Friday, July 01, 2011

Into July

I wrapped up a good training block of trail-running on Wednesday with my standard eight-mile loop around Rancho. I think the run was an encouraging indicator of thestate of my endurance. Why? Because the first two miles were awful. Honestly. I felt like warmed-over road kill. I could barely crawl up the first steep climb and involuntarily had to cut back to a walk on the next. But at mile three, my endurance burner finally kicked on and I found increasingly stronger surges of power. By mile four, I was flying* (*relative to my usual pace) up the remaining hills and pounding the downhills, logging sub-nine and even sub-eight-minute miles. (I know. But for me, on a trail run, this is fast.) I finished up the loop ten minutes faster than usual and felt like I could easily go for eight more. In the past, when I've worked to build up cycling endurance, I usually have to push through several miles of sluggishness before I reach cruise control. Feeling like crap for the first twenty minutes to an hour is just part of being a slow burner. It takes a while to get the pilot light going, but once it's on, it's on for the long haul.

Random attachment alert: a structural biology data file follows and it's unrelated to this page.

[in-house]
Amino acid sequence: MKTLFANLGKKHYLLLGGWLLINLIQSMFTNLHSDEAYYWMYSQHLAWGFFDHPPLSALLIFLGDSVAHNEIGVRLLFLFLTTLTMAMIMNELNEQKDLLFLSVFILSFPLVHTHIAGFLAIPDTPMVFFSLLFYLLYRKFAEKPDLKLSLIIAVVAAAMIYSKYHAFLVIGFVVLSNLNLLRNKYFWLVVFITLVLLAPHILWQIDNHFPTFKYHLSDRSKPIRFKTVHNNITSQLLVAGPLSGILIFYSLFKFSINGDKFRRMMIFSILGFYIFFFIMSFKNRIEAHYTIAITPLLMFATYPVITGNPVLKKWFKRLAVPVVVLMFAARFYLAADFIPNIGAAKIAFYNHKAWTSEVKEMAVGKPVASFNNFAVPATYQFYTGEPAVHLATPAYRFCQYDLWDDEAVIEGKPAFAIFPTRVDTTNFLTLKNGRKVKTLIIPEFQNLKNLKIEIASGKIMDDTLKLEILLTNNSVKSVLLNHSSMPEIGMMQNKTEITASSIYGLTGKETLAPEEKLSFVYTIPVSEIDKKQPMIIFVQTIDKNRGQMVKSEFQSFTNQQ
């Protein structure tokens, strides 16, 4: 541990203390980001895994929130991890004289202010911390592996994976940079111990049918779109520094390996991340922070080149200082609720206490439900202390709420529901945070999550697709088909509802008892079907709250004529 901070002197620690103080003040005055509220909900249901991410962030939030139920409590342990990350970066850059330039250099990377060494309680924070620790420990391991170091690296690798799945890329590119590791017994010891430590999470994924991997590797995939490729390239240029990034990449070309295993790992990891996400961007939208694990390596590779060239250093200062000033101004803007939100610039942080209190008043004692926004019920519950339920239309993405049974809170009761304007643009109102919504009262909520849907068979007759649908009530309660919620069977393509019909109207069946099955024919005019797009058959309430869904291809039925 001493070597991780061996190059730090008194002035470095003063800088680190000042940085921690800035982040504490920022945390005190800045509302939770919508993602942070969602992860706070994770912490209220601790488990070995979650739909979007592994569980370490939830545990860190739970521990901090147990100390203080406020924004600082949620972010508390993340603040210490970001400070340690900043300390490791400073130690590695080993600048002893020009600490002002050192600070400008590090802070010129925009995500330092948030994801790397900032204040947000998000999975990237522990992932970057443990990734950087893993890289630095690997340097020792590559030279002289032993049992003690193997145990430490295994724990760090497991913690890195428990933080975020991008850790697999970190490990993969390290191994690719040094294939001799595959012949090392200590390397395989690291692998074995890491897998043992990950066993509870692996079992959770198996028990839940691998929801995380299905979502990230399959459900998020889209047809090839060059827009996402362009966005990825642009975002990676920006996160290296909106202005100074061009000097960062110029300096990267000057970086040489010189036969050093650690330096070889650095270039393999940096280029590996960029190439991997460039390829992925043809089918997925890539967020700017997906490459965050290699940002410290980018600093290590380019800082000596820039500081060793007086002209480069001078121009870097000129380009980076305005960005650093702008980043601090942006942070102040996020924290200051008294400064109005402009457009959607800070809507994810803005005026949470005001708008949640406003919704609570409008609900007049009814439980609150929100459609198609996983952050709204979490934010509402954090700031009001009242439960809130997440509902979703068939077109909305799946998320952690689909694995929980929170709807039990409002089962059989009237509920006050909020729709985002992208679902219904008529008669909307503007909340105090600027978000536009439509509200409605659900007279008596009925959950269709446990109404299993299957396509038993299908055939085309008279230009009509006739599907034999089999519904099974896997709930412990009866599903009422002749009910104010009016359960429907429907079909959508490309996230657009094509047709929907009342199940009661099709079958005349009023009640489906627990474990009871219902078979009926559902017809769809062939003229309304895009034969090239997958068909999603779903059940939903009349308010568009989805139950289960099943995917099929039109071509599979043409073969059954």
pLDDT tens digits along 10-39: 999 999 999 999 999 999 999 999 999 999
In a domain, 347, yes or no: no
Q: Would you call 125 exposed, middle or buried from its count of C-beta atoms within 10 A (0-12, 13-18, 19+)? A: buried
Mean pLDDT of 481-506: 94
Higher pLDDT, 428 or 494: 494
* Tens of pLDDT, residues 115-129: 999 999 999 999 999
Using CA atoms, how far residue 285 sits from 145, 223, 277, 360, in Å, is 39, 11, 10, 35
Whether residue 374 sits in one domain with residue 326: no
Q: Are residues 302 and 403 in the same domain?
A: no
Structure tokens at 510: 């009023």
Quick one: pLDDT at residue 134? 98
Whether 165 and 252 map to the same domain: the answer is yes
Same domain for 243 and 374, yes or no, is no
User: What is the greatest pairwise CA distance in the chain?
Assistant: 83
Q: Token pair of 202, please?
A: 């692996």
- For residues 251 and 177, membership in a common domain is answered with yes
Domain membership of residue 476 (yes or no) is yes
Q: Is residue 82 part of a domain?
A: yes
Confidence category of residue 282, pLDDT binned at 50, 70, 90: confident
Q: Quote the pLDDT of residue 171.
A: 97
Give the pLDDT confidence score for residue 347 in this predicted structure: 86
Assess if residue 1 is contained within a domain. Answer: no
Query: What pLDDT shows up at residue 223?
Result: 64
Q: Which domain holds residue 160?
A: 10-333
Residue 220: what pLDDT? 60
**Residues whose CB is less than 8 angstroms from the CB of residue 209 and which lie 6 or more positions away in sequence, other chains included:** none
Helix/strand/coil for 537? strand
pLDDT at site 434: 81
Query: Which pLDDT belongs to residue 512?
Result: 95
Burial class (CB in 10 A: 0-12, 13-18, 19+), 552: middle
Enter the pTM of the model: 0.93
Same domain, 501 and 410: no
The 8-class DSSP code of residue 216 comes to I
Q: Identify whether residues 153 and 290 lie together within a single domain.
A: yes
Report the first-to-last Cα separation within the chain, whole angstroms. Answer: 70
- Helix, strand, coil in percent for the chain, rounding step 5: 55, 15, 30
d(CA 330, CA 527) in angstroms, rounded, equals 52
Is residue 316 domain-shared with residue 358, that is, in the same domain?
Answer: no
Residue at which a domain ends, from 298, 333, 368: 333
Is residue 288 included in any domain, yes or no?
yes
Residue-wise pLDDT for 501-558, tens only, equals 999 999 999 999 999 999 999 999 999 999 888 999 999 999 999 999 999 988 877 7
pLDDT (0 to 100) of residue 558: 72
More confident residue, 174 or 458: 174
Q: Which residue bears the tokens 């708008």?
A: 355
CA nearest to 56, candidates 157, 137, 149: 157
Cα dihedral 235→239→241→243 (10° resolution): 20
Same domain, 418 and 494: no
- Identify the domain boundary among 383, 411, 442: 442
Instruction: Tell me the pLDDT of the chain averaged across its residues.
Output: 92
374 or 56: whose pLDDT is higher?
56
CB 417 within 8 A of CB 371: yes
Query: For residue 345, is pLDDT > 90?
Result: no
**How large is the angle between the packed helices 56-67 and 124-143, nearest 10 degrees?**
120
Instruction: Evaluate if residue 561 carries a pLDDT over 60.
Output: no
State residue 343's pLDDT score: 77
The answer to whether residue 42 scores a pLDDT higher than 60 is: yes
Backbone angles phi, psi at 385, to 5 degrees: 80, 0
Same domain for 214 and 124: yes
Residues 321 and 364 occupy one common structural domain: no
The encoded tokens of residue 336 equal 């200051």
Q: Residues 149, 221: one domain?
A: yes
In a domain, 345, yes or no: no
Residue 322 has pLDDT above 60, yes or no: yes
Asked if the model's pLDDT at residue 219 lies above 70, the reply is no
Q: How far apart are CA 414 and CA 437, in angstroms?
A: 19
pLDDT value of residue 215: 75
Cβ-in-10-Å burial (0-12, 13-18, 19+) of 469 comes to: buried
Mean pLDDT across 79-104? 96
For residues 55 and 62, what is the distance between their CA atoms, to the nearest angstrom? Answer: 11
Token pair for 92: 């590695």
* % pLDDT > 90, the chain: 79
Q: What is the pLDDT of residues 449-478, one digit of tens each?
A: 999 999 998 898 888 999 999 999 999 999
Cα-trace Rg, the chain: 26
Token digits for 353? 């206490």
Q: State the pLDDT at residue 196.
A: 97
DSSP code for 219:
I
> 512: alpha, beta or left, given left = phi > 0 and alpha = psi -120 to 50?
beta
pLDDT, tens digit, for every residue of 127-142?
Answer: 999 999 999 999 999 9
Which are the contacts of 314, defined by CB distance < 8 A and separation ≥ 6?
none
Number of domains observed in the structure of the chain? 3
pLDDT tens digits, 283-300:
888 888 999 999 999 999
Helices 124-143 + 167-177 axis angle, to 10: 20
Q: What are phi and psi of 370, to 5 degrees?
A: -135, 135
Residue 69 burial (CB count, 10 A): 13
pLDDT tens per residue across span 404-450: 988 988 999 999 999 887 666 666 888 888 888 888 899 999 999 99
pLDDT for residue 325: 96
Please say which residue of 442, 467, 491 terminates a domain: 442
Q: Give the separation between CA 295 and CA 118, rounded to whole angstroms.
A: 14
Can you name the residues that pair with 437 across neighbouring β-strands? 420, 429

Beat and I indulged in a "rest day" Thursday with our favorite evening sojourn — taking Fatty Fatback and Singlespeed Kim for a jaunt up and over Black Mountain. Given how many bicycles Beat and I have at home, it's pretty humorous that we regularly grab our most difficult and admittedly ridiculous bikes for a ride that features a steep, mostly paved, 2,800-foot climb and a long rolling descent on singletrack, loose-gravel doubletrack and more pavement. Even though rusty ol' Singlespeed Kim is getting up there in terms of miles (she was my Divide bike), Beat seems to like the physical challenge and simplicity of singlespeeding. I like the Fatback because, come on, how can anyone not love riding a fat bike? I challenge any cyclist of any persuasion to power those big wheels up a monster hill and not arrive at the top with a huge grin on their face.